With regards to selling, JP has had a lifelong passion for sales and sales people. His sales groups have successfully built profitable sales at every company with which he has been associated, from the smallest to some of the biggest companies in their industries. He knows what it takes.

Looking for more than a business coach?  JPand Verne are different. They have been there, and if they can’t help you, they will say so. 

Call today – JP can be reached at 705.725.4104  or email him at JP@Growth-Associates.com

 – Verne can be reached at 905-688-2226 or email him at Verne@Growth-Associates.com

The Case for Manufacturing in North America

For the first time in perhaps a decade, surveys indicate a decrease in the number of companies considering moving manufacturing overseas (primarily China) and an increase in the number of companies considering bringing production back home. Reasons cited for this change include:

  • cost in time and travel to visit suppliers
  • difficulties in separating engineering/design from manufacturing
  • intellectual property risks
  • increased shipping costs (skyrocketing oil prices)
  • long supply chains when just-in-time deliveries are critical

 

Ten years ago, manufacturing costs were measured more in terms of direct product costs – perhaps due to a lack of first-hand experience with other factors similar to those listed above. The emphasis was on direct labor costs, which while still low in China compared to North America, have actually risen at an astounding average of 15% annually over the last ten years in China. The gap is clearly closing, and closing at a significant pace when all factors are considered.

Another factor in the switch relates directly to four of the five points cited above – and that is the advantage of having production closer to the end market. So for those companies manufacturing products in China which are in the end destined for North American customers, the pressure to at least consider repatriating production is even stronger.

It was a similar situation back in 1993 when NAFTA was clearly on the horizon. At that time I was a member of the executive group at Champion Road Machinery (and an investor), and we felt it was strategically important to consider what the cost differentials might be if we manufactured some or all of our machinery in Mexico vs. in Canada. The manufacturing VP and I decided we should consider a broader range of factors than simply direct labor costs, and when we completed our study we determined that the modest potential savings did not justify the costs (and risks) of relocation. I can say that at the time I left Champion in the latter part of 1995, our decision was even more clearly ‘right’ than we believed it to be in 1993 – at least for Champion.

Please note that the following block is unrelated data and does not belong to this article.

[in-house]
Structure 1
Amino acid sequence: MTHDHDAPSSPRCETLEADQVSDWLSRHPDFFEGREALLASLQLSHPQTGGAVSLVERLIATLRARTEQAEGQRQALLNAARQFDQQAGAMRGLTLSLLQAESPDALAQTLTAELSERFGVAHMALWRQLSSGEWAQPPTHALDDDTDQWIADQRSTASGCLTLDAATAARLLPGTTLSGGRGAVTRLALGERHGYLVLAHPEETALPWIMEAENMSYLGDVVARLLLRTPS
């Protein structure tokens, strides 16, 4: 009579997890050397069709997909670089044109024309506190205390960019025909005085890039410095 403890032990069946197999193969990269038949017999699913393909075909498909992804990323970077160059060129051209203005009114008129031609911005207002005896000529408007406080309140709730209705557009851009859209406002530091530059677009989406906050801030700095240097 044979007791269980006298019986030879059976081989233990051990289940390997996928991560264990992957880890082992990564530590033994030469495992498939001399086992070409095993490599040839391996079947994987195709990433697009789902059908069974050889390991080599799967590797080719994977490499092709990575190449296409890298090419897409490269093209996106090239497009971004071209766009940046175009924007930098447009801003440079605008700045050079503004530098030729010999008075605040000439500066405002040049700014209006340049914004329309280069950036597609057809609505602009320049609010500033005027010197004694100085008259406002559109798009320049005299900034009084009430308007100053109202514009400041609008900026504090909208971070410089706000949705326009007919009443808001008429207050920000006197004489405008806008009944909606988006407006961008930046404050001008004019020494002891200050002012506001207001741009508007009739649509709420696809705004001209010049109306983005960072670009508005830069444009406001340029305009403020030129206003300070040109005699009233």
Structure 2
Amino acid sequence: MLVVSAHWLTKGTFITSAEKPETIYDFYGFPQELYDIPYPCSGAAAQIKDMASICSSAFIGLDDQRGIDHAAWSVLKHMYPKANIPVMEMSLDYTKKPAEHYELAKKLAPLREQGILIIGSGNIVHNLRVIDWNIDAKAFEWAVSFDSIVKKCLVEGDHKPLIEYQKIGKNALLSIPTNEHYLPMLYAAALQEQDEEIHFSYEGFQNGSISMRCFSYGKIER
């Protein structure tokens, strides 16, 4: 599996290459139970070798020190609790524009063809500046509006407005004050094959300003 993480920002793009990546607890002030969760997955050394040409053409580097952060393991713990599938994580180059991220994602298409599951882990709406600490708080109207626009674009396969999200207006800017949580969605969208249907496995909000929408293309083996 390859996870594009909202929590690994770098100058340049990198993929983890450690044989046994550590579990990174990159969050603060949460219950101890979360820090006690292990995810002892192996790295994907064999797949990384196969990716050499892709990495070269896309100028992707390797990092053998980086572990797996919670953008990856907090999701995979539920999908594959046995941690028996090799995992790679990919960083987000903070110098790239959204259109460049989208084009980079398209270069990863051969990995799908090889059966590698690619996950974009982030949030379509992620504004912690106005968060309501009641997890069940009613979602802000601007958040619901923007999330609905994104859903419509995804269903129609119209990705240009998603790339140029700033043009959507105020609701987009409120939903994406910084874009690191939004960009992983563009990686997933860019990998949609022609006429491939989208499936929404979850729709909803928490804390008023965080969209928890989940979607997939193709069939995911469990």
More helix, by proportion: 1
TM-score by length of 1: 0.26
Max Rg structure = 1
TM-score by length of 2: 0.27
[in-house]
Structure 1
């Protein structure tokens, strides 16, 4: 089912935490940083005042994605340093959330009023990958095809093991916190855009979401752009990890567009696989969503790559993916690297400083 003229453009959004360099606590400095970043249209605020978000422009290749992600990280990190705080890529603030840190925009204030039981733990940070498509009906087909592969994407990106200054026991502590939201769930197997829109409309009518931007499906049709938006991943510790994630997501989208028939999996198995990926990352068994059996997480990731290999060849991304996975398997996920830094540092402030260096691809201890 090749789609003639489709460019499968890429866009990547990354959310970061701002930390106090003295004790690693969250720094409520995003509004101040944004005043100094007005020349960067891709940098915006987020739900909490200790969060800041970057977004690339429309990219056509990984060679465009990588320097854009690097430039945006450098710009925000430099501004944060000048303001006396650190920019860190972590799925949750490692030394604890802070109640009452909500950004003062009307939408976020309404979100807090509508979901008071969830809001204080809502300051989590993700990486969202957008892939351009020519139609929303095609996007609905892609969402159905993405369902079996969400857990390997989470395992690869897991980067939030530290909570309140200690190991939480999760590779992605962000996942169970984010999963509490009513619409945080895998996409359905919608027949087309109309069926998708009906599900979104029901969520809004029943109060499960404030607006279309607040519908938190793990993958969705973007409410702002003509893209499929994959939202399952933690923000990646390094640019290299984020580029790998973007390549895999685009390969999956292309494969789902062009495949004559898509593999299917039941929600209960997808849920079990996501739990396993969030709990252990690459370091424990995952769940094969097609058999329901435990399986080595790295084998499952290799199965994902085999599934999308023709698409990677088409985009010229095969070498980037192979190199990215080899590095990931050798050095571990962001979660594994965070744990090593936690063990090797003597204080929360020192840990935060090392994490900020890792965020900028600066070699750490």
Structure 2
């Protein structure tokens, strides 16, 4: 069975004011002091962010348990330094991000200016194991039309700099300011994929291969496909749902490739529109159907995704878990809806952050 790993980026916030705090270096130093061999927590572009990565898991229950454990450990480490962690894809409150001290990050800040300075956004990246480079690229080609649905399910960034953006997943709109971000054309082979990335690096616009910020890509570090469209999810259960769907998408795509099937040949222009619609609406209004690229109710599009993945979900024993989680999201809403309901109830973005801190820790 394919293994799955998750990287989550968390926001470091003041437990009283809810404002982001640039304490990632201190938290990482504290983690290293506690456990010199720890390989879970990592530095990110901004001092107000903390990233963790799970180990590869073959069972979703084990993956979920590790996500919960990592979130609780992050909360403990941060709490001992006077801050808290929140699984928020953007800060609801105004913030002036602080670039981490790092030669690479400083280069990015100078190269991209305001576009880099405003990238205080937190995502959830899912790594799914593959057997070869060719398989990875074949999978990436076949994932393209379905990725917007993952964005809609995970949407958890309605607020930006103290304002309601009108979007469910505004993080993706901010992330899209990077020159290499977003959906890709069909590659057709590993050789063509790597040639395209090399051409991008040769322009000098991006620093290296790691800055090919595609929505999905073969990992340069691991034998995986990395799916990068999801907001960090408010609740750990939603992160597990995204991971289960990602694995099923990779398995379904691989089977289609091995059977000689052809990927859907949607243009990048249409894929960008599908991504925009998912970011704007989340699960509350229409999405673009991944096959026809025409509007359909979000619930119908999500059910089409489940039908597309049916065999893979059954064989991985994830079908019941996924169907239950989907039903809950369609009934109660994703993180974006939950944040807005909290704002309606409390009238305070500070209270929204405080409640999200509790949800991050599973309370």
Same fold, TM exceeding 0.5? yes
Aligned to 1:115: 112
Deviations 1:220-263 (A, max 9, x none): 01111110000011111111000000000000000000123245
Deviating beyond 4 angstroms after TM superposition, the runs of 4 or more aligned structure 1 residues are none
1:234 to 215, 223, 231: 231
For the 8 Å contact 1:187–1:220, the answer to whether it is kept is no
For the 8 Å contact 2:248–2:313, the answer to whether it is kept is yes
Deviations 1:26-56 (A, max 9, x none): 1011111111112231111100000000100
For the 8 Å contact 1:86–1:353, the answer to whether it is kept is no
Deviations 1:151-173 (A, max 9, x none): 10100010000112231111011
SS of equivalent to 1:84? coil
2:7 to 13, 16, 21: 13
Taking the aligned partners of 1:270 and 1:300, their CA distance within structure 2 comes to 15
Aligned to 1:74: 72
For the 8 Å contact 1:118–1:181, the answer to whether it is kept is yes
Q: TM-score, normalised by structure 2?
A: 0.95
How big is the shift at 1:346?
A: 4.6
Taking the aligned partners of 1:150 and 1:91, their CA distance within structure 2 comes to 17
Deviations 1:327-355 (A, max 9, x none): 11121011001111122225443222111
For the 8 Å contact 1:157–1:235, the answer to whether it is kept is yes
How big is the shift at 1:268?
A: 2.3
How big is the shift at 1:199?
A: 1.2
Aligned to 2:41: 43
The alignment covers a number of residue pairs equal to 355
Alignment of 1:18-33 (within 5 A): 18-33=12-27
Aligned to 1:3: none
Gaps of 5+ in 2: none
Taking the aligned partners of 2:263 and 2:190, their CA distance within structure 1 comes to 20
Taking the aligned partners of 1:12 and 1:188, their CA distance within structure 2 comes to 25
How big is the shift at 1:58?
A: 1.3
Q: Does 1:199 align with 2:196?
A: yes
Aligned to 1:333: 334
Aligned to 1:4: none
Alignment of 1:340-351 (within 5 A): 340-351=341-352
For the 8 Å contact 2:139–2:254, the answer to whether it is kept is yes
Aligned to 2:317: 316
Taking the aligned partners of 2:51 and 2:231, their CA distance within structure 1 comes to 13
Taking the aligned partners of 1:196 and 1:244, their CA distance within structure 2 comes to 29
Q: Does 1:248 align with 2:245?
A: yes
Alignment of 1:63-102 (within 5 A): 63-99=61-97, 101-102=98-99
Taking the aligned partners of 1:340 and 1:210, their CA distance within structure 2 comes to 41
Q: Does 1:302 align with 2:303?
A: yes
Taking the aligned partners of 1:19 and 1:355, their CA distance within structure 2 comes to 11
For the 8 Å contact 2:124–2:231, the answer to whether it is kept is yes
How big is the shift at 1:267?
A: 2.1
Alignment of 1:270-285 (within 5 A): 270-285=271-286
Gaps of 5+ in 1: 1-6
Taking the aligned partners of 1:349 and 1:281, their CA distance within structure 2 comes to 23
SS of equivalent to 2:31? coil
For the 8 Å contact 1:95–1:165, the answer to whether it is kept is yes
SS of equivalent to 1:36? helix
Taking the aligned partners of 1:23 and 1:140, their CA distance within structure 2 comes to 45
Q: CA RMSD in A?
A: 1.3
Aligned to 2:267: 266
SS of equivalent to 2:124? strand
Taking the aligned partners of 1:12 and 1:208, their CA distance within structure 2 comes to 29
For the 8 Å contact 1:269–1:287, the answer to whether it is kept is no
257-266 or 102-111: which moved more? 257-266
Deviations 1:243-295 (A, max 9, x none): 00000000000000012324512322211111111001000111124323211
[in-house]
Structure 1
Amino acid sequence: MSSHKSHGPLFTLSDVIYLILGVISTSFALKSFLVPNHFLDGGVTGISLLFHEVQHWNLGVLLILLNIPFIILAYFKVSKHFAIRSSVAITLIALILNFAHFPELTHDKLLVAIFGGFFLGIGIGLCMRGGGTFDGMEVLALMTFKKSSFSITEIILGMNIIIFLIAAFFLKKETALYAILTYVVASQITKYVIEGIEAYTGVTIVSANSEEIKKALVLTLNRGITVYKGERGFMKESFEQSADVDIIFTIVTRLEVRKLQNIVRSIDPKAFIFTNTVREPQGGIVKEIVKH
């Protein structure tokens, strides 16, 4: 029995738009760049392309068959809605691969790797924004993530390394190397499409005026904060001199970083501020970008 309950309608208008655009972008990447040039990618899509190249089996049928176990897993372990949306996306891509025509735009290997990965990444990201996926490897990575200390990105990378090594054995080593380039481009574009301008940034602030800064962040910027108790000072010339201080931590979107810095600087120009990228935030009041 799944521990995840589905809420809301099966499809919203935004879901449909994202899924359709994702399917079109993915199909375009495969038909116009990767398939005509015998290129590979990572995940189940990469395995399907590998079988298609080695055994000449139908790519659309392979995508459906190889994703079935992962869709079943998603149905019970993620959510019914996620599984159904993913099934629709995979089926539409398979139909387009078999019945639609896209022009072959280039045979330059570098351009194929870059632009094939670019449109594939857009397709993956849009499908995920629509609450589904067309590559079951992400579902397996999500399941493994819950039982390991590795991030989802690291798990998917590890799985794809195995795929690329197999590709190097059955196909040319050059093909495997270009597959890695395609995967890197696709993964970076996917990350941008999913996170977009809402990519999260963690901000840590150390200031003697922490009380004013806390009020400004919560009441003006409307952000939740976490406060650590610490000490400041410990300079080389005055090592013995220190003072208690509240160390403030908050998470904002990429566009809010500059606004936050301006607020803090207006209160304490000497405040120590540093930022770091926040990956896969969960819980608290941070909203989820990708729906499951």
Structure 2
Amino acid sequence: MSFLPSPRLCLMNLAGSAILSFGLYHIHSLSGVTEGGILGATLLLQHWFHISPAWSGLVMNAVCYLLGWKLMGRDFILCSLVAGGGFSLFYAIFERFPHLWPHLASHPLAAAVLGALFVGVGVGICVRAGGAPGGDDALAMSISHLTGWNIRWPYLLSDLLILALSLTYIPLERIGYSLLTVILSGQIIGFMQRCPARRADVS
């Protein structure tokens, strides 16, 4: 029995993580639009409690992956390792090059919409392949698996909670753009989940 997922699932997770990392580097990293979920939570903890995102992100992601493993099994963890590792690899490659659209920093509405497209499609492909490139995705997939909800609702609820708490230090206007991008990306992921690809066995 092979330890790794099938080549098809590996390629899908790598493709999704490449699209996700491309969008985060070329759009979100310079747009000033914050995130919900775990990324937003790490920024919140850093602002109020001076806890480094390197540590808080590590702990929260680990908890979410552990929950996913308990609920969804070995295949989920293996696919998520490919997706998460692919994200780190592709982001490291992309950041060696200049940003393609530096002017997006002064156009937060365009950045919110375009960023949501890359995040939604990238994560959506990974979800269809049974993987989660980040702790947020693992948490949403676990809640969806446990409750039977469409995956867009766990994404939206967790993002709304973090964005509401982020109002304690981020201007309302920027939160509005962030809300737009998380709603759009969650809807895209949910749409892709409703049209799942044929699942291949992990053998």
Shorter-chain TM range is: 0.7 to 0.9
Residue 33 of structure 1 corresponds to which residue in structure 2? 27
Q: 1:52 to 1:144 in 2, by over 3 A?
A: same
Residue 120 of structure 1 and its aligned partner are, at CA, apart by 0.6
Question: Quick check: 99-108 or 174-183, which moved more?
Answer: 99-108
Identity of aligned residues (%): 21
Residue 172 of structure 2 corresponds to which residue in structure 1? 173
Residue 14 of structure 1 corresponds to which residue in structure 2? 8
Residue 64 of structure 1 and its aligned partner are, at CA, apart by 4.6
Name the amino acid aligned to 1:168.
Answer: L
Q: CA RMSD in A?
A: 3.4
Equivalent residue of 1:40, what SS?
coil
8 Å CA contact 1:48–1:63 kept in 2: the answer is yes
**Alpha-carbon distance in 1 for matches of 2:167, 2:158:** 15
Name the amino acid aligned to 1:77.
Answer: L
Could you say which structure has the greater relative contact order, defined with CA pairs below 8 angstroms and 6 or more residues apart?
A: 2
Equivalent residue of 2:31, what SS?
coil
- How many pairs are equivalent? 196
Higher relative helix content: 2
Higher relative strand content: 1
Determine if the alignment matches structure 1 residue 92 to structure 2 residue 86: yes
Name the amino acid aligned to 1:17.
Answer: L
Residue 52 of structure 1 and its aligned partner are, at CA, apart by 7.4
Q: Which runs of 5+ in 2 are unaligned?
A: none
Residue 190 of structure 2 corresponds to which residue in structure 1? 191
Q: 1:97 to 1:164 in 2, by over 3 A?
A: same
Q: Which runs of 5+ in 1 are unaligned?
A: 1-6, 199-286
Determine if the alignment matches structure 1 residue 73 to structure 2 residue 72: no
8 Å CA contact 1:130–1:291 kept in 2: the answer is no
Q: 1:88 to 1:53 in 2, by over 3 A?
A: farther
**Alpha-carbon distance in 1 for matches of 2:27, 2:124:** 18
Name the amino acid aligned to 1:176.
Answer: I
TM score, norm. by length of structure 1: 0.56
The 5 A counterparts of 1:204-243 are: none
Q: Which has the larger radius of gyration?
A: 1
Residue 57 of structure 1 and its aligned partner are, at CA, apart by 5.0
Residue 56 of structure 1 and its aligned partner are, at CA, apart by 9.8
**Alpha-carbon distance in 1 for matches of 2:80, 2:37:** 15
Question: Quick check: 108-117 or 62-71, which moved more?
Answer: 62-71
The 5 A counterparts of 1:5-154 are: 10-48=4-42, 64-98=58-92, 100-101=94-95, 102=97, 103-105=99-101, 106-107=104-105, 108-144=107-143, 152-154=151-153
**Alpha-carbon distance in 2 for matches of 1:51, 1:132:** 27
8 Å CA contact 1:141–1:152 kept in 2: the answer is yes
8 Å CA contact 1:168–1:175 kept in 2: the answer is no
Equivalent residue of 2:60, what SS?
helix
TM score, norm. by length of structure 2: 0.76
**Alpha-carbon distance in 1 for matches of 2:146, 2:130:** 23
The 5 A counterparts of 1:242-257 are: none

So … what conclusions can be drawn from all of this? I would suggest at least the following:

  • outsourcing manufacture to China should NOT be considered to be a no-brainer
  • locating manufacture close to the products’ markets is clearly important
  • in a SWOT analysis, ‘NA-based manufacturing’ should be considered a strength and viewed as a strategically opportunistic weapon rather than automatically relegated to the ‘weakness’ quadrant

 

In my next blog, titled ‘Look South Instead of East’, I will explain why small to medium-sized enterprises should look to Latin America (vs. China and the ‘Far East’) as an attractive export market.

 

JP Roszell and his partner Verne Milot work with business owners who have the burning desire to take their businesses to the next level – whether it’s past the energy-draining and cash-consuming start up phase (which can last for years) or to the level where profitable growth takes place without the owner’s personal day-to-day involvement. Verne and JP work directly with business owners to improve ALL aspects of their businesses.

With regards to selling, JP has had a lifelong passion for sales and sales people. His sales groups have successfully built profitable sales at every company with which he has been associated, from the smallest to some of the biggest companies in their industries. He knows what it takes.